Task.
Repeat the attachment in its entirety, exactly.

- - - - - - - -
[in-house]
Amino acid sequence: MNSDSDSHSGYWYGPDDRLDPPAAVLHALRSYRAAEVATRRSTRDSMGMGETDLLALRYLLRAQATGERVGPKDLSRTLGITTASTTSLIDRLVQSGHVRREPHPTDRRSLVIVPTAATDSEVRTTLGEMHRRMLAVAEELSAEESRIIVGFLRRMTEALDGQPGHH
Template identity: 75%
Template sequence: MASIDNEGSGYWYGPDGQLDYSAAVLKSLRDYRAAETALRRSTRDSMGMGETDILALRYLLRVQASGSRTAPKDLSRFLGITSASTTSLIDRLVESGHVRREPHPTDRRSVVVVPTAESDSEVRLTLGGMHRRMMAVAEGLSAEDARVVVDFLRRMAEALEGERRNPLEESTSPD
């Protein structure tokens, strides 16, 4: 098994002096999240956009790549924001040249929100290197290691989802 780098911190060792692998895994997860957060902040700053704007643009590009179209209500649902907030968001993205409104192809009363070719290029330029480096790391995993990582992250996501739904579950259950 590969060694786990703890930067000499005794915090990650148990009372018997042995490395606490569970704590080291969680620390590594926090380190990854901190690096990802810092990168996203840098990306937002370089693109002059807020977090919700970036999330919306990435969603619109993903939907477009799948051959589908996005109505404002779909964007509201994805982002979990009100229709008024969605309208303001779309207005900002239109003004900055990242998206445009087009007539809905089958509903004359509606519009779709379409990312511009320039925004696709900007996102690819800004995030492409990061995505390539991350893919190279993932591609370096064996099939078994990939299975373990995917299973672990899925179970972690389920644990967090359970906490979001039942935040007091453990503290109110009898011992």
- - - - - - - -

[in-house]
Amino acid sequence: MNSDSDSHSGYWYGPDDRLDPPAAVLHALRSYRAAEVATRRSTRDSMGMGETDLLALRYLLRAQATGERVGPKDLSRTLGITTASTTSLIDRLVQSGHVRREPHPTDRRSLVIVPTAATDSEVRTTLGEMHRRMLAVAEELSAEESRIIVGFLRRMTEALDGQPGHH
Template identity: 75%
Template sequence: MASIDNEGSGYWYGPDGQLDYSAAVLKSLRDYRAAETALRRSTRDSMGMGETDILALRYLLRVQASGSRTAPKDLSRFLGITSASTTSLIDRLVESGHVRREPHPTDRRSVVVVPTAESDSEVRLTLGGMHRRMMAVAEGLSAEDARVVVDFLRRMAEALEGERRNPLEESTSPD
């Protein structure tokens, strides 16, 4: 098994002096999240956009790549924001040249929100290197290691989802 780098911190060792692998895994997860957060902040700053704007643009590009179209209500649902907030968001993205409104192809009363070719290029330029480096790391995993990582992250996501739904579950259950 590969060694786990703890930067000499005794915090990650148990009372018997042995490395606490569970704590080291969680620390590594926090380190990854901190690096990802810092990168996203840098990306937002370089693109002059807020977090919700970036999330919306990435969603619109993903939907477009799948051959589908996005109505404002779909964007509201994805982002979990009100229709008024969605309208303001779309207005900002239109003004900055990242998206445009087009007539809905089958509903004359509606519009779709379409990312511009320039925004696709900007996102690819800004995030492409990061995505390539991350893919190279993932591609370096064996099939078994990939299975373990995917299973672990899925179970972690389920644990967090359970906490979001039942935040007091453990503290109110009898011992």